FDA asks Americans not to drink 'salubrious solution' sold on the Internet: it is dangerous to health
Under the guise of a cure for HIV and cancer, chemicals are distributed on the Internet that, when combined, form essentially bleach, warns the US Food and Drug Administration (FDA).
The statement was a reaction to the popularity of the composition distributed on the Internet under the brand names “Miracle Mineral Solution” and “Miracle Mineral Additive”, or under the abbreviation MMS (Master Mineral Solution).
The solution consists of 28% sodium chloride salt and distilled water. Consumers are encouraged to mix this liquid with citric acid (for example, lemon or lime juice) before use; Often acid is sold in the kit as an “activator." Reacting with acid, the salt turns into chlorine dioxide - a powerful whitening agent.
On the Internet, this solution is advertised as a cure for many diseases - from colds to HIV and cancer. It is also claimed that solutions help in the "cure" of autism. The average price is around 30 dollars.
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When ingested, the bleach causes nausea, diarrhea, and severe dehydration, and with regular use it can lead to liver failure, US officials warn.
For the first time, the US Department of Health warned of the risks of using the Miracle Composition in 2010.
"Church of Health"
Nevertheless, reports that people drink bleach to recover from illnesses continue to appear in the media. In January of this year, NBC News wrote about groups on Facebook that bring together parents who practice "treating" their children with a solution. In such groups can consist of several hundred to several thousand people.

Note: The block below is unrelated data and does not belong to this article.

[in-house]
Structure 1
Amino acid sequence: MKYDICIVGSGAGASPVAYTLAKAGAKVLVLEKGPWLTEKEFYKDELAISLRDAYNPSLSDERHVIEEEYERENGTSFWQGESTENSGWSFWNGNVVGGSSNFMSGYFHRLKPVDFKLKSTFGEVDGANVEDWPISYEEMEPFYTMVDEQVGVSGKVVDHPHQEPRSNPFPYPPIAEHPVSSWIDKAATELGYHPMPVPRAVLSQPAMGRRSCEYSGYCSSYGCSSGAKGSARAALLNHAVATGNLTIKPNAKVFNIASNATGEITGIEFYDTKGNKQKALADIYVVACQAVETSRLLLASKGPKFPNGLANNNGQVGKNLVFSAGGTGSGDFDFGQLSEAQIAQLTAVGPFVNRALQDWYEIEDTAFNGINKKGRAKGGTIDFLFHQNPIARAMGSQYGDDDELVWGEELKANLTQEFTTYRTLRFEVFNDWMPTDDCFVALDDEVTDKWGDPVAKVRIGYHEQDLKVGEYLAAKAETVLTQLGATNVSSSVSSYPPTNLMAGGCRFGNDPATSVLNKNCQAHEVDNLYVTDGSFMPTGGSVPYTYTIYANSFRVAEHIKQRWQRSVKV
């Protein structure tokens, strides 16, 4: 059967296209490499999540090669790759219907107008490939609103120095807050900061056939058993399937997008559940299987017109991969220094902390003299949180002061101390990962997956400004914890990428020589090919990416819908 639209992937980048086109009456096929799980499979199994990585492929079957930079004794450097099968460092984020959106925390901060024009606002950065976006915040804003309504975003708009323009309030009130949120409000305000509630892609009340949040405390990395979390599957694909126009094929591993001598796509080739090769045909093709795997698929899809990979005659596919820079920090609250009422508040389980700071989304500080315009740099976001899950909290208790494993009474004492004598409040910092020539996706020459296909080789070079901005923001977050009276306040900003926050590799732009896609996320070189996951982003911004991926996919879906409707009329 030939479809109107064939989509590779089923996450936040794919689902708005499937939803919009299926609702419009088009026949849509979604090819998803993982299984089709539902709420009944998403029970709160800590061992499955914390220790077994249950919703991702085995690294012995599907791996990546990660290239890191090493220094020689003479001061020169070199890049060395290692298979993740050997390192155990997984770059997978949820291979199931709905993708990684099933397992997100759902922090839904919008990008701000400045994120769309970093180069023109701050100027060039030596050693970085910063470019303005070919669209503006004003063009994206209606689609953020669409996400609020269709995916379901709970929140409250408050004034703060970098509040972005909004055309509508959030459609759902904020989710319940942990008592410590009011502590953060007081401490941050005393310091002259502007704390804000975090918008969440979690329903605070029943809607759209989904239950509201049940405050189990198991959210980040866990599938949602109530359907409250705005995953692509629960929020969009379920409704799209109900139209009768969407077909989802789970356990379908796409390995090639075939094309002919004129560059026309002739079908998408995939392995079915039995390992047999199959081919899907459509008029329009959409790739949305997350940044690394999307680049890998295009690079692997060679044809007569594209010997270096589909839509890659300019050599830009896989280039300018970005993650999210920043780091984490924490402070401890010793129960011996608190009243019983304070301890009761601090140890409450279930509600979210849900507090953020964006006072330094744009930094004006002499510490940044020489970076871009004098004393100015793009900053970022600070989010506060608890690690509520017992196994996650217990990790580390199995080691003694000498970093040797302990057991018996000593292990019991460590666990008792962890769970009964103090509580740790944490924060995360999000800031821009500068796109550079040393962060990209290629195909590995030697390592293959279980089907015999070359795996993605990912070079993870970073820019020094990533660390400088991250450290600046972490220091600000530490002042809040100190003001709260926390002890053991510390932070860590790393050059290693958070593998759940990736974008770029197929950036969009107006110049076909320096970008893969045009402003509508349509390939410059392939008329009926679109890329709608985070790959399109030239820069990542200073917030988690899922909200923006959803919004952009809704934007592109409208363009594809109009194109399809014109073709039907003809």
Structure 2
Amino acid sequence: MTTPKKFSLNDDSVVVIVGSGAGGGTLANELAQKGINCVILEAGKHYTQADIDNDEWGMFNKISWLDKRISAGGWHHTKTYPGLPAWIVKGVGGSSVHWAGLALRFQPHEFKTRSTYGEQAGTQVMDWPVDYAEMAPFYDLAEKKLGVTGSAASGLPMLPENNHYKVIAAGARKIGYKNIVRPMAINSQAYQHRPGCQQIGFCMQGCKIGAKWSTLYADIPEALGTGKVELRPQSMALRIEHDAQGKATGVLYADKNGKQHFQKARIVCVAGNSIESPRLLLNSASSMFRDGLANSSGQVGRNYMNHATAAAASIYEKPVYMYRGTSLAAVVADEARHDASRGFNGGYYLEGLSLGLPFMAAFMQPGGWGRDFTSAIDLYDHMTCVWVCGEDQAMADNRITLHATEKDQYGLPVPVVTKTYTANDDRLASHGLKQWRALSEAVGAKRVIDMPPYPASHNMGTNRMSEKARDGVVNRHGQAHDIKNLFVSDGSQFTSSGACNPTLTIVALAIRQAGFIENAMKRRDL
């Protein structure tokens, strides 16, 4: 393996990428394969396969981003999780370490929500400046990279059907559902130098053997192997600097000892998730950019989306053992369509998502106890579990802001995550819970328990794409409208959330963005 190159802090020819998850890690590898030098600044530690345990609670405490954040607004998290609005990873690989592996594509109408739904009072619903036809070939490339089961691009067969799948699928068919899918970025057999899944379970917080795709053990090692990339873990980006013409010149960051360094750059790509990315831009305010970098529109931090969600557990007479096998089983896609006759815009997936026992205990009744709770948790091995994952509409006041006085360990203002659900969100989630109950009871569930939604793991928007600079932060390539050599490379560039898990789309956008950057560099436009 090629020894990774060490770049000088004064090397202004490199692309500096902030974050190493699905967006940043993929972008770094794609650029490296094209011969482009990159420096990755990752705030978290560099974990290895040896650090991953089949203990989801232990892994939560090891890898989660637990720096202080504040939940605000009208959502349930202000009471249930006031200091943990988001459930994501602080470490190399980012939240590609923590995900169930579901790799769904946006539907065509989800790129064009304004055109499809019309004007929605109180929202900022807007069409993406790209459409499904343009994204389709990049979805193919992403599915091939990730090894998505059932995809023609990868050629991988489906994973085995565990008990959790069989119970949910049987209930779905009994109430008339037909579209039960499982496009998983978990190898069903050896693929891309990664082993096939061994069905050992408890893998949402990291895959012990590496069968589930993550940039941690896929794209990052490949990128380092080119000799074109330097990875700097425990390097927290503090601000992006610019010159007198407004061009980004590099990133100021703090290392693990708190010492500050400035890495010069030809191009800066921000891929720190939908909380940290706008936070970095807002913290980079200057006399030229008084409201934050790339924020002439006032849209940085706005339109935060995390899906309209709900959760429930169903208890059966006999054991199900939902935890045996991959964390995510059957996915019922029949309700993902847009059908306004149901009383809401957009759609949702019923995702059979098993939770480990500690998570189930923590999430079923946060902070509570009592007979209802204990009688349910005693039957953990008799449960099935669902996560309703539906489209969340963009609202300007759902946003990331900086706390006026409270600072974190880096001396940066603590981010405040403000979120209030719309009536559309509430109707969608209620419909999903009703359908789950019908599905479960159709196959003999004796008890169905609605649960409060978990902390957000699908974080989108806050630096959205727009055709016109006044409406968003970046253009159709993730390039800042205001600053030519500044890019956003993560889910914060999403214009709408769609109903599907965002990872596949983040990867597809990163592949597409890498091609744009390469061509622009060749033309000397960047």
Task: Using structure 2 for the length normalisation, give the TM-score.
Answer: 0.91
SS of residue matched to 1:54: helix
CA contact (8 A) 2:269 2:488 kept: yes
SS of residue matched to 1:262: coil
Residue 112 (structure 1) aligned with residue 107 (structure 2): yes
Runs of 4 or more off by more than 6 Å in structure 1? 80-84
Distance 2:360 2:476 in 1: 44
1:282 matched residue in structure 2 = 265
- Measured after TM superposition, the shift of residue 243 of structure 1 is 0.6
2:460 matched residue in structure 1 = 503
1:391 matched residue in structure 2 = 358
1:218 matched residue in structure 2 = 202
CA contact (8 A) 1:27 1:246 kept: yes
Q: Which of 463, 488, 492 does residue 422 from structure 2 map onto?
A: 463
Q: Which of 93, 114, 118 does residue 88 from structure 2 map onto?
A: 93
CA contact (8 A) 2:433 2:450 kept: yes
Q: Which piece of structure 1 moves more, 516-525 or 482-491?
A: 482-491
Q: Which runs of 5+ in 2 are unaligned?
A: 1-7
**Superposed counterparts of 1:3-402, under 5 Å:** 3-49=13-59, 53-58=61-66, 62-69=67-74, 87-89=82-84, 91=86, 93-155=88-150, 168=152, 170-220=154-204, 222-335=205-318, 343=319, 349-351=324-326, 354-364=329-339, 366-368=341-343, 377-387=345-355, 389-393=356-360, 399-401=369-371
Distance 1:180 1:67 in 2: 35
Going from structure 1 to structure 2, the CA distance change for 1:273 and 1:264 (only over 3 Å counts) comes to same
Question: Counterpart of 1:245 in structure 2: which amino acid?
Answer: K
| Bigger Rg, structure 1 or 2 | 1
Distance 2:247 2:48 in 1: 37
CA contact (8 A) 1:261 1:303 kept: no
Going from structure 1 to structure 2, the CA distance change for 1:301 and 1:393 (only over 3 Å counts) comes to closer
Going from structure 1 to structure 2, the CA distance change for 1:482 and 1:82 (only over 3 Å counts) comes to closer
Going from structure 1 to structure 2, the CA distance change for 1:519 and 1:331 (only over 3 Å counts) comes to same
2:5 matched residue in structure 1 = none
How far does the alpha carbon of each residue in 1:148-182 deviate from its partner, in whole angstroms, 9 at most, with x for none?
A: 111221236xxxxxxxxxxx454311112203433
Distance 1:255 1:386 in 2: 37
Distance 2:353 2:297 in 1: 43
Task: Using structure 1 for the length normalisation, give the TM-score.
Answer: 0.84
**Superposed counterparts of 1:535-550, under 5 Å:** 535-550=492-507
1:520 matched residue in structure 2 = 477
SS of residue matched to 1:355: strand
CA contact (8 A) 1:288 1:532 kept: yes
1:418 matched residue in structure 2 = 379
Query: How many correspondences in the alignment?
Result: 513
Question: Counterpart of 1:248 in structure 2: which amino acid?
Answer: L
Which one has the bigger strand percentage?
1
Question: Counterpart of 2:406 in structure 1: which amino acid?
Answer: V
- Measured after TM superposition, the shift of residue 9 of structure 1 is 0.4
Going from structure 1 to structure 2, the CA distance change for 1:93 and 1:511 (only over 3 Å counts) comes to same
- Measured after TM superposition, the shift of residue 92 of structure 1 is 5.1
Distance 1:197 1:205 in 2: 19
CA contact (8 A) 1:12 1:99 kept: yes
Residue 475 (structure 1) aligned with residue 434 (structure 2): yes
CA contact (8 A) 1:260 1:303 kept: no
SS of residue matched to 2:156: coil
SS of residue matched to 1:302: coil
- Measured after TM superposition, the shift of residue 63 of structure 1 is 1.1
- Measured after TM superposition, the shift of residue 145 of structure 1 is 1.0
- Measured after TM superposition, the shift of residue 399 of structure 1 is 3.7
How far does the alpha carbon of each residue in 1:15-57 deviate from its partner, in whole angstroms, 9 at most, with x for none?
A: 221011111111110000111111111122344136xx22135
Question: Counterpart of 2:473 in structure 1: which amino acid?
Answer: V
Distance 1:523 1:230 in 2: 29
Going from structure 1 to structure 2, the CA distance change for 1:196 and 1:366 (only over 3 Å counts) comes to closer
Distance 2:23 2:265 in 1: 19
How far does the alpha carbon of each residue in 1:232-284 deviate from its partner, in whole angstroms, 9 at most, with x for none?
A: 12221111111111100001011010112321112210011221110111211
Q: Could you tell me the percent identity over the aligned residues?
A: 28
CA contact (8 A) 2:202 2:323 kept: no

Many of these parents are united by the fact that their children are autistic. According to MMS beliefs, these funds can “cure” autism. Chlorine dioxide is given to children to drink, administered with an enema, or dissolved in the bathroom. This practice is also found in Britain and other countries (the FDA warning does not specifically mention other uses of bleach other than by mouth).
The leader of the sect of healers, the "reverend" Leon Edwards was found to be associated with the "Church of Health and Healing of the Second Exodus", registered in the USA.
This fairly large sect operates in several countries of North and South America, Europe and Asia. The “Church” publishes videos, brochures and even books about the benefits of “miraculous mineral solutions”.
The founder of the sect is former Scientologist Jim Humble. He claims to have discovered the miraculous properties of sodium chloride in 1996 when he worked in Africa. There, he allegedly learned that they could cure malaria, but the Red Cross, with which he worked, preferred to keep secret information about such a cheap and effective remedy.
According to the sect, the solution helps not only from malaria and autism, but also from HIV, acne, cancer and other diseases.
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The sect combines calls to drink this liquid with quasi-religious rhetoric in the spirit of new age. One of her commandments is to do good. Another is to tell people about the miraculous effect of solutions. Joining a sect in the USA costs 35 dollars. Church accounts on Facebook and YouTube are now blocked.
Tide pod challenge
This is not the first time that the US government has warned Americans that it is dangerous to use household chemicals inside. In 2017, the so-called Tide Pod Challenge gained popularity on the Internet, during which users ate capsules for washing clothes (mainly Tide brands).
Social media users advised each other to try multi-colored candy-like capsules, and some really followed these tips.
Analysts tried to explain why this is happening. One of the main reasons, Forbes wrote, was that the capsules really looked like sweets, "and tasted good."
The detergent manufacturer, Procter & Gamble, and the government’s Consumer Product Safety Commission had to clarify that eating capsules is dangerous. The same video statement was made by YouTube video hosting, on which the participants of the challenge posted videos with eating capsules.
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